‘Home’ means different things to each of us. Sometimes ‘home’ embodies a physical place where we go for shelter from the noise and movement of the outside world. Sometimes home is found in a group of friends we feel comfortable around. For a quilter, echoes of home are sewn into the quilts we make. We stitch our personality, our hopes, and happiness, our worries and sadness into the fabric. Whether hung on walls, draped on beds, or wrapped around us, quilts provide the comfort of a safe place to land. They make a dwelling more like home.
Blue Houses by Melanie Tuazon
Blue Houses is representative of living in the suburbs and is a great example of how scale can create depth. The windows of the house are a strong focal point and they create movement throughout this modern neighborhood.
Eichler Homes by Mickey Beebe
Mickey Beebe was inspired by the iconic Eichler homes when she created this quilt. Joseph Eichler (1900-1974) was a visionary real estate developer who brought modern, well-designed, affordable housing to the general public. Most of the 11,000 houses he built were in the greater San Francisco Bay area. He was a proponent of fair housing and was deeply opposed to racial discrimination and was the first large tract builder to sell homes in his developments to minorities. Eichler Homes was originally created for a QuiltCon triangle challenge and has hung in multiple national quilt shows.
Mapping Earth by Alicia Merrett
Alicia Merrett is fascinated by maps. She believes they are an ancient and important part of mankind’s need to interpret and understand the world. Maps are also a sort of journal of human living. Mapping Earth represents the crossroads that can be found in English villages. The use of the color red in ‘the village’ portions of the quilt shows the heart that can be found in the places we live.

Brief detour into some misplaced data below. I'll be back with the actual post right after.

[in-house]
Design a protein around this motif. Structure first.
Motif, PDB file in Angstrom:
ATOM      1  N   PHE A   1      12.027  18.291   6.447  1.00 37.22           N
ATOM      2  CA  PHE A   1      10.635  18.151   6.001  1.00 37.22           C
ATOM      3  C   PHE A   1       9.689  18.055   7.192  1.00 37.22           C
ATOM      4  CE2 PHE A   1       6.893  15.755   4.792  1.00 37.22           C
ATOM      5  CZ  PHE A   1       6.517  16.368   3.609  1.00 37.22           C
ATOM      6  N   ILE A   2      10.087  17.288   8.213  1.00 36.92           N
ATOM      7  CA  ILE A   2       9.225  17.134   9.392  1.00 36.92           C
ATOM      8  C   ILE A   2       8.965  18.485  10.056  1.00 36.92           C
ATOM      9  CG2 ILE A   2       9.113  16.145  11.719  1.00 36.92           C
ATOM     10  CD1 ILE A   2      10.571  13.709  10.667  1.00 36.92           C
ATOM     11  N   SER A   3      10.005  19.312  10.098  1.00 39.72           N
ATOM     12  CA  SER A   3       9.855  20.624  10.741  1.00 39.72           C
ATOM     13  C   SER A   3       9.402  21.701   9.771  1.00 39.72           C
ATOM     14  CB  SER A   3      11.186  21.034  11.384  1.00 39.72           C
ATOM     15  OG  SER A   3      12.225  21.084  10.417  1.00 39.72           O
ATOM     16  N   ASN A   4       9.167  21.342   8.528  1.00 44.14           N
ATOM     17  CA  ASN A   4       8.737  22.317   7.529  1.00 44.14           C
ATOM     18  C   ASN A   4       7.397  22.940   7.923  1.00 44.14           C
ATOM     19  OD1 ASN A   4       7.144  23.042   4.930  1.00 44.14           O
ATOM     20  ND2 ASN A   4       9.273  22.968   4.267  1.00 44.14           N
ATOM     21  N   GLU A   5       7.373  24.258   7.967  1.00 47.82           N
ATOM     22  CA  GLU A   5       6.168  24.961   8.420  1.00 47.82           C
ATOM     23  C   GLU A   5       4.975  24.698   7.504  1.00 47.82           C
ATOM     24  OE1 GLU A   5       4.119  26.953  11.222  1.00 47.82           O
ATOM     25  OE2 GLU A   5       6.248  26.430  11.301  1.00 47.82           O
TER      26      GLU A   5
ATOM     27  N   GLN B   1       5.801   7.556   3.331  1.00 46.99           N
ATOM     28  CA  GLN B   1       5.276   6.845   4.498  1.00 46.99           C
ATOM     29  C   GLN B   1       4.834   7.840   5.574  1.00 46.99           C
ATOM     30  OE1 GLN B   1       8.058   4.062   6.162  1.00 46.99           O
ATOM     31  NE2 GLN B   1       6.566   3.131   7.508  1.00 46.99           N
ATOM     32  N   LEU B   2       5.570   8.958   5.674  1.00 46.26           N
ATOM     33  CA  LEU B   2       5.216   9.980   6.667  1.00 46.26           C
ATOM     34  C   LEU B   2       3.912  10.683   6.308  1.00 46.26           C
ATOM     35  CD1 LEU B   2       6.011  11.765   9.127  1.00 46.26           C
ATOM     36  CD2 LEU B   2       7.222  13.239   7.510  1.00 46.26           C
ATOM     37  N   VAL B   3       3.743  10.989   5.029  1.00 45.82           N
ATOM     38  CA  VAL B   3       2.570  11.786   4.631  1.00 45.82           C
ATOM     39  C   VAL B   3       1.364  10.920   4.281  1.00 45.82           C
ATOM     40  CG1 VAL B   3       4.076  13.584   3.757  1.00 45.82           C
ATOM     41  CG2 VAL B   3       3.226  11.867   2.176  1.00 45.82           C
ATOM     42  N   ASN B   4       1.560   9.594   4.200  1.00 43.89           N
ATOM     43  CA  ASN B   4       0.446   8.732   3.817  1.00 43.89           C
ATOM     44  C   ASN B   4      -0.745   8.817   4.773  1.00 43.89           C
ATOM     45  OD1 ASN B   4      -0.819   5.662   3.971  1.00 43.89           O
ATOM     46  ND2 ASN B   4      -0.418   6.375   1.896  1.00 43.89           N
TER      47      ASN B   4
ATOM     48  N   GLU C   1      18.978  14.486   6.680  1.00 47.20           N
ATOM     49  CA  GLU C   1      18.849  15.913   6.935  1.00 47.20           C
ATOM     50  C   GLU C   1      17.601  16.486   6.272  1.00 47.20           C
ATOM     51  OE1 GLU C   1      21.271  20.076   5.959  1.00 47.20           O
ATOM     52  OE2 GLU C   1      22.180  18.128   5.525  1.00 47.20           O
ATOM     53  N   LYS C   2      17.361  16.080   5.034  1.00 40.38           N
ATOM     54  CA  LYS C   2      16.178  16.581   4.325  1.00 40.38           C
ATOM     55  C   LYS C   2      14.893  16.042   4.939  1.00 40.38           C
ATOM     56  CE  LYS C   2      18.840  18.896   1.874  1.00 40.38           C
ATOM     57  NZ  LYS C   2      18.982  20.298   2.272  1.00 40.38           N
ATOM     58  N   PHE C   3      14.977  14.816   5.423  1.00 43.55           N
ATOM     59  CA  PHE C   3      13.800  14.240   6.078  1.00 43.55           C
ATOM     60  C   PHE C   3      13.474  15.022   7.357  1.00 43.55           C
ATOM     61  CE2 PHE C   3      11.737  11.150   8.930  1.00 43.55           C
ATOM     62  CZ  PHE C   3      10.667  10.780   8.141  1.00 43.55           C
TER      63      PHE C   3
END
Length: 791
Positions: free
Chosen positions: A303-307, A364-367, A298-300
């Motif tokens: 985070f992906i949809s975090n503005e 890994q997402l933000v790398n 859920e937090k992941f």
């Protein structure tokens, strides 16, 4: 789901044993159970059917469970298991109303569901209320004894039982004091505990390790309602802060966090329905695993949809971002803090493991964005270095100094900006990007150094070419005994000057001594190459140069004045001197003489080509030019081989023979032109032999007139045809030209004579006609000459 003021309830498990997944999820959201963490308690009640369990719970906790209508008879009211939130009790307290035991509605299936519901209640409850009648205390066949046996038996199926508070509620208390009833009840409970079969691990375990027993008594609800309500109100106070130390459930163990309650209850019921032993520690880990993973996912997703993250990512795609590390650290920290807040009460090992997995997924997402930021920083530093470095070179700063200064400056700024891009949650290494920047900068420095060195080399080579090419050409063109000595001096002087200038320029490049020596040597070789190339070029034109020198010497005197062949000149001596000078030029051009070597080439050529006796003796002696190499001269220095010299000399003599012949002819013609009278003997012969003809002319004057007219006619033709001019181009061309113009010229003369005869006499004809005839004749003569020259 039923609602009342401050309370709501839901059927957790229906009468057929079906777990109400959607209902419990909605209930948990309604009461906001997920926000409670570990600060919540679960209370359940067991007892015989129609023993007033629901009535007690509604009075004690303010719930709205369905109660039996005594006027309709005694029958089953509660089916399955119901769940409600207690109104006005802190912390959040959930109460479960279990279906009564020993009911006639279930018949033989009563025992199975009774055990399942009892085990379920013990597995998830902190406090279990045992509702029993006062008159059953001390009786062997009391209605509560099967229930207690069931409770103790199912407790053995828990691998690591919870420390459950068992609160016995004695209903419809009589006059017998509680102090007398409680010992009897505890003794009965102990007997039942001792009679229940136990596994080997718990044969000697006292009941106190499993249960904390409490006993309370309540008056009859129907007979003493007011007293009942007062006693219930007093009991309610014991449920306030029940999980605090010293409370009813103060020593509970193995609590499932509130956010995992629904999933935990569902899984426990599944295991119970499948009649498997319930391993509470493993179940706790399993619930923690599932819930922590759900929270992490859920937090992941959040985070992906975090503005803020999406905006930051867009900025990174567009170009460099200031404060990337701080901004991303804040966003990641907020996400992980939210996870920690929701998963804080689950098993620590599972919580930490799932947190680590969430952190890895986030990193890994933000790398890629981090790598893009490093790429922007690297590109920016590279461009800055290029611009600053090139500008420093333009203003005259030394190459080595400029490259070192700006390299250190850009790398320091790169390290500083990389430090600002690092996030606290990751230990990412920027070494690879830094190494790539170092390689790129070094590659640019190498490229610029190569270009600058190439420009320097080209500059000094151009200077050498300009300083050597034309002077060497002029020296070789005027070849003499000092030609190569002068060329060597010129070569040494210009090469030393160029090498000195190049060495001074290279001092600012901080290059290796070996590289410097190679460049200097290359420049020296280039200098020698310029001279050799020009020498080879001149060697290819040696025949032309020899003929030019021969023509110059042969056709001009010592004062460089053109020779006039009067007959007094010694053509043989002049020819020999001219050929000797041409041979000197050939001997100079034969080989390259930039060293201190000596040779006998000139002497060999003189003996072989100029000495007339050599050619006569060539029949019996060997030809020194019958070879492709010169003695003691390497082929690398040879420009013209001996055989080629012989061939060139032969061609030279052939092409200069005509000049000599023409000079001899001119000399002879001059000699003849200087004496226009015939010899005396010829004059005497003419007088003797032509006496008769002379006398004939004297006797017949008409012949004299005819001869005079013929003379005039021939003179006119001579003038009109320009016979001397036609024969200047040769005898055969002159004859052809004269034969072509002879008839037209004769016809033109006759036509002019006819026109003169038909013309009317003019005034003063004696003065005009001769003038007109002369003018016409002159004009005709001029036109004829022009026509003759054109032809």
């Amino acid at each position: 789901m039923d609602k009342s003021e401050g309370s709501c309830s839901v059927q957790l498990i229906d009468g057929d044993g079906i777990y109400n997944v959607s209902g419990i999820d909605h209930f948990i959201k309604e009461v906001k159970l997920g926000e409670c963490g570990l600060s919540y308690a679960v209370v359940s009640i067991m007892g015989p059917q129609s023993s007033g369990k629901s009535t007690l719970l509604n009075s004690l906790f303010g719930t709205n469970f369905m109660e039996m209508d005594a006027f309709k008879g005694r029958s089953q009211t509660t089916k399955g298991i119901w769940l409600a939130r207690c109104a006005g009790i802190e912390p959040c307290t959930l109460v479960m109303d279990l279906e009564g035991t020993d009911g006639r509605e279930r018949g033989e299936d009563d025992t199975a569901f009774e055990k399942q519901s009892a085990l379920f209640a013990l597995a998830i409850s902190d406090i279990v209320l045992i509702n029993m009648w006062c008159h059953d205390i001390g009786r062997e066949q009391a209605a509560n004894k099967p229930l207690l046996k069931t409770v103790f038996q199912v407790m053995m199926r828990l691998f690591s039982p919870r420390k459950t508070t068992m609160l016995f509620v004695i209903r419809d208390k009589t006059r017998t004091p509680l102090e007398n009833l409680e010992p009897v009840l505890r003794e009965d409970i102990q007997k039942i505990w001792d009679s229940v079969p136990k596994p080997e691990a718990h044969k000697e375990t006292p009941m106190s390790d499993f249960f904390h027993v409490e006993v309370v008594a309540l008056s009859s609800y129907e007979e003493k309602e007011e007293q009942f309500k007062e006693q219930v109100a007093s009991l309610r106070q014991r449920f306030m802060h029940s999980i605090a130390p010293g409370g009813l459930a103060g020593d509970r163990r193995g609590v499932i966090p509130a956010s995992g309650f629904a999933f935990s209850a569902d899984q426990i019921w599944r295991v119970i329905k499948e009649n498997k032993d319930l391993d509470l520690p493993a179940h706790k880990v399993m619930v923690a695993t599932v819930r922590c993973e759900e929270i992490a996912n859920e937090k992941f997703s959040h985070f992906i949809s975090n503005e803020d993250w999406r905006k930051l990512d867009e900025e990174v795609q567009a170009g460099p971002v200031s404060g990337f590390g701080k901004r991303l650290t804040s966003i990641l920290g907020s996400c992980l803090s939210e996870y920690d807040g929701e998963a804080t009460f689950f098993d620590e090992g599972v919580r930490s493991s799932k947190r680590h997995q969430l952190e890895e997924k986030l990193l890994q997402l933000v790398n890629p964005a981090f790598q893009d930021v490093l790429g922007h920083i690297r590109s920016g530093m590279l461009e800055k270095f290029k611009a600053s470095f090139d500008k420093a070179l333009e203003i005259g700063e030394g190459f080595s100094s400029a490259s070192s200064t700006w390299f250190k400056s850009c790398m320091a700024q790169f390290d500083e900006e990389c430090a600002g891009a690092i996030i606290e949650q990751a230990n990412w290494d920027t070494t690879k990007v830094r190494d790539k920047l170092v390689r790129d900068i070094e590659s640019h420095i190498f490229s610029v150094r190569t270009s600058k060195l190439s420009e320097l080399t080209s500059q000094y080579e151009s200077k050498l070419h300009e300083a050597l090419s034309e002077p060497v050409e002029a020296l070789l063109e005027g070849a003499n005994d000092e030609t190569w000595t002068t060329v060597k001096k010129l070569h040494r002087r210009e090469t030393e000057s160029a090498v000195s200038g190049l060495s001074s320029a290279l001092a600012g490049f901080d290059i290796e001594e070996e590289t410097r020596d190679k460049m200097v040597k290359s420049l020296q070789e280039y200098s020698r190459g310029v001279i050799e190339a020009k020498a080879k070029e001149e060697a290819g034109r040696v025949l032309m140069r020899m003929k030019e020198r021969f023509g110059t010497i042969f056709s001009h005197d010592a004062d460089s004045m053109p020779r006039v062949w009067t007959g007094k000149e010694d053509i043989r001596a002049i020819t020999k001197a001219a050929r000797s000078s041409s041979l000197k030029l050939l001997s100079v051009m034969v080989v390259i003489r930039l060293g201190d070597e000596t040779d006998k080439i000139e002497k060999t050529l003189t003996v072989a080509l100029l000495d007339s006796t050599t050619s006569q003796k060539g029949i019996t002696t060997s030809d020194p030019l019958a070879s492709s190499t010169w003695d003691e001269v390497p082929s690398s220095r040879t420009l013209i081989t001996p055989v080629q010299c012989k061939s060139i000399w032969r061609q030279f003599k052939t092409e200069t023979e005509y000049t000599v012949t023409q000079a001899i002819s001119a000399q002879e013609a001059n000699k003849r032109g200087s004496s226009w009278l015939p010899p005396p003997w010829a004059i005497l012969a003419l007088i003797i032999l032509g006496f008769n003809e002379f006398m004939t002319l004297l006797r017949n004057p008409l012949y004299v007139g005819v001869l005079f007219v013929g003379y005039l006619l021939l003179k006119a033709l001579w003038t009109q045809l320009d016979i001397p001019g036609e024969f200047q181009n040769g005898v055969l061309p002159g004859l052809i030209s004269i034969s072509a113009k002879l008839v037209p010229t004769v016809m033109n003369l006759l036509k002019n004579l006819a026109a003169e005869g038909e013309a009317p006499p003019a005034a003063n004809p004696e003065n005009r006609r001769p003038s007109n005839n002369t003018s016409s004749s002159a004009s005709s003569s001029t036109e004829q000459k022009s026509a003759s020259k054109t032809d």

Grid by Riane Menardi Morrison
Riane Menardi Morrison says Grid was inspired by the foundation of a house. The crosshatch hand-quilting represents the structured support systems of being home-- both physically and emotionally. Natural fibers were intentionally chosen to create an added layer of the hominess and comfort that is associated with being home.
Metropolis by Pam Rocco
Once Pam Rocco began stacking her tall, columned houses on top of one another, she says they started looking like the futuristic buildings in the 1927 movie Metropolis by Fritz Lang. The stacked houses are the perfect demonstration of a living city. The way Rocco used negative space with her inverse house shapes and color choices in the top corners of the quilt creates a sense of sky, giving the dense housing space to breathe.
Clerestory by Debbie Grifka
The house motif has been used in quilts for hundreds of years. Grifka has brought the traditional house quilt into the 21st Century with her modern ranch house pattern. The addition of ‘vacant lots’ to the neighborhood in Clerestory is an example of how negative space adds interest to a quilt and provides a soft place for the eye to rest.
Supply is limited, but back-copies of Curated Quilts: ‘House’ are still available! Find these quilts and more when you purchase Curated Quilts: ‘House’.
by Brittany Bowen Burton